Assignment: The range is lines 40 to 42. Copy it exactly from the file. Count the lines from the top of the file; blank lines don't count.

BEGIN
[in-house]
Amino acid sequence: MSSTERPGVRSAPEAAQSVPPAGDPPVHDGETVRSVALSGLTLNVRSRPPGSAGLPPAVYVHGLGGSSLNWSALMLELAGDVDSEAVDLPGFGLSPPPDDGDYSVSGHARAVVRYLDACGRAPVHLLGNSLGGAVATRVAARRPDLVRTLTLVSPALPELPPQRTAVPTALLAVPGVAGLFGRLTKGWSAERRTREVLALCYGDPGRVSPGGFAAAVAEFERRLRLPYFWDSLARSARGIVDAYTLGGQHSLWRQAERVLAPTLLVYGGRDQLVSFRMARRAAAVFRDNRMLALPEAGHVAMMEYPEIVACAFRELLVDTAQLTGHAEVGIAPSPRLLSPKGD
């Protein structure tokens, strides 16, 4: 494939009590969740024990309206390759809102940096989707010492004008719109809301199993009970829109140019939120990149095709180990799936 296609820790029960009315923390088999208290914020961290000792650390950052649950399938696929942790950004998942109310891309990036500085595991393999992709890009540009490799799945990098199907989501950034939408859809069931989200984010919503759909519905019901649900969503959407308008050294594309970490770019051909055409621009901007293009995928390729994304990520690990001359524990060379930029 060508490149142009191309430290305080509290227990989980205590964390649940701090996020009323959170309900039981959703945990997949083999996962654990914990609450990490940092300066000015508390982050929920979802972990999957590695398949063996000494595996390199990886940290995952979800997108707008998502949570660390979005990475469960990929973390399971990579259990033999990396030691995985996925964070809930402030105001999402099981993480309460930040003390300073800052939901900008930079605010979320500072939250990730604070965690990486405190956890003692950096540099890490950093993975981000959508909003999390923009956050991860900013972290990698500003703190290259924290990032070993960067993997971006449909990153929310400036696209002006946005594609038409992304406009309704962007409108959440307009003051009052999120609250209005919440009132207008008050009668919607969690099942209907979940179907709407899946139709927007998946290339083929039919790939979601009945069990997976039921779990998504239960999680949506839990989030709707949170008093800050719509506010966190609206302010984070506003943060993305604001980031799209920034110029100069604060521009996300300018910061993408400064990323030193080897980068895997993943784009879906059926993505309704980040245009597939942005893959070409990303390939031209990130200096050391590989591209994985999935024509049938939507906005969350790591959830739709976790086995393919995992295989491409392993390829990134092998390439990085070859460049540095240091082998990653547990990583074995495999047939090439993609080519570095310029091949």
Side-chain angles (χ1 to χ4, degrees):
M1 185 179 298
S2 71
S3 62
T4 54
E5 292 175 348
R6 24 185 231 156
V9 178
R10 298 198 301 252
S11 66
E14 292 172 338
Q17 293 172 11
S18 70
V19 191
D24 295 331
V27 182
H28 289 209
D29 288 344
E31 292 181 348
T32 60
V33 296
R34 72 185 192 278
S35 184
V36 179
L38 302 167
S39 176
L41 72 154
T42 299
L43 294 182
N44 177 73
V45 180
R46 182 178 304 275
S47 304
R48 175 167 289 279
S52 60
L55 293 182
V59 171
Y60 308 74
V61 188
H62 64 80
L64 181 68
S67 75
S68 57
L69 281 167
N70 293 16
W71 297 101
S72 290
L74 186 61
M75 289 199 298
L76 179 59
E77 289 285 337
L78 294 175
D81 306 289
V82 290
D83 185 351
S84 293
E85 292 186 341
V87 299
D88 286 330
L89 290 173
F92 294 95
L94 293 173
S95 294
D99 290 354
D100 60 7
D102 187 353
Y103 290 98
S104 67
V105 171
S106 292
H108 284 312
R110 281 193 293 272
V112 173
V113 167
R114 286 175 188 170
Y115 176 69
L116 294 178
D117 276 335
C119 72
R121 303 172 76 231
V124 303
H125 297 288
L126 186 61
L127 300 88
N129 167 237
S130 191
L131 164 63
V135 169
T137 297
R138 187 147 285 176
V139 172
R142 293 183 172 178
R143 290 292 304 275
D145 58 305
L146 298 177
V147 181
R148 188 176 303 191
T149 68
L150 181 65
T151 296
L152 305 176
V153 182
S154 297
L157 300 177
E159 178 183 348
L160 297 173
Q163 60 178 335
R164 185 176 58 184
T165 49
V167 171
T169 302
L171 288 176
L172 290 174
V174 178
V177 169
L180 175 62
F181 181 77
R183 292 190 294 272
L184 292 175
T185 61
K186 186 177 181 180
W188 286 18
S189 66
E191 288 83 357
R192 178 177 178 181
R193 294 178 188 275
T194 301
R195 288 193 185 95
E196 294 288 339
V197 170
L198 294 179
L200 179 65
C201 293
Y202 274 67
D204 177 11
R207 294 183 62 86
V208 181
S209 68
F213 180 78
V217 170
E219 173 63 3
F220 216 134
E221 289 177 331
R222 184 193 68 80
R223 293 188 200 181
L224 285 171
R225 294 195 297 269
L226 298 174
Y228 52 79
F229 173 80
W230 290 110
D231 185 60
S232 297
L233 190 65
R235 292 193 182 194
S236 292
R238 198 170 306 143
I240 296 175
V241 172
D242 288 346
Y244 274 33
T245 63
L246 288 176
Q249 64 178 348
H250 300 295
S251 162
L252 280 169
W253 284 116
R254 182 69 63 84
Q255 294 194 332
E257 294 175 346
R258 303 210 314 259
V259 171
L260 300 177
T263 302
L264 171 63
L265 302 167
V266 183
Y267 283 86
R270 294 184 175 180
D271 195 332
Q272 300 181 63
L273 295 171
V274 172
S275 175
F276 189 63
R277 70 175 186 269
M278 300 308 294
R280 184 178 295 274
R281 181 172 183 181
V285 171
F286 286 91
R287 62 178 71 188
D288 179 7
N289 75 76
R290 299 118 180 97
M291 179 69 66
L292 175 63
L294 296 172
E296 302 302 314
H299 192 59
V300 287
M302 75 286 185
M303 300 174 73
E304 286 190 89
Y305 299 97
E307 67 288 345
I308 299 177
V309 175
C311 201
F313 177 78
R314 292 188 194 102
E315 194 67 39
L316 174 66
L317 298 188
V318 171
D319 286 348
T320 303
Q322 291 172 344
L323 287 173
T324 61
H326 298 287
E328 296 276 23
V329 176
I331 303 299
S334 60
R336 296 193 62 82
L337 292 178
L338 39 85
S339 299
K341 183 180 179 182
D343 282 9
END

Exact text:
V59 171
Y60 308 74
V61 188